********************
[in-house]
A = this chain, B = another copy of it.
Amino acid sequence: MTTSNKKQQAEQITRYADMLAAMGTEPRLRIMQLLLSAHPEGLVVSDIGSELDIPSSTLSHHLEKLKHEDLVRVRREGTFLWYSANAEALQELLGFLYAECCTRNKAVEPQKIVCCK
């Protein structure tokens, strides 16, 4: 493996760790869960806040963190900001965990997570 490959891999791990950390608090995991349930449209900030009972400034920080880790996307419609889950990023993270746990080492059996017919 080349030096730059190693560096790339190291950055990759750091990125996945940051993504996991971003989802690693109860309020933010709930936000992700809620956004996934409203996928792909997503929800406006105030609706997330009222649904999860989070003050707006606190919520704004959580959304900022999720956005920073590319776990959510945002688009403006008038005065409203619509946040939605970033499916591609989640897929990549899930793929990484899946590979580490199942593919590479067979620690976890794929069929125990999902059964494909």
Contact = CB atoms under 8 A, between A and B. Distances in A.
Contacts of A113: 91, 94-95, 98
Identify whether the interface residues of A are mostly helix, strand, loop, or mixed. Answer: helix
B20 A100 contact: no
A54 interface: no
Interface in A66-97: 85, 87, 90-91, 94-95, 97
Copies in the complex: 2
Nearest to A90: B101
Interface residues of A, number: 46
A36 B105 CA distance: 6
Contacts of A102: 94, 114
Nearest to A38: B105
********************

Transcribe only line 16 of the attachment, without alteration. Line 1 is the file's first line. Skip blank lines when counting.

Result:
Nearest to A38: B105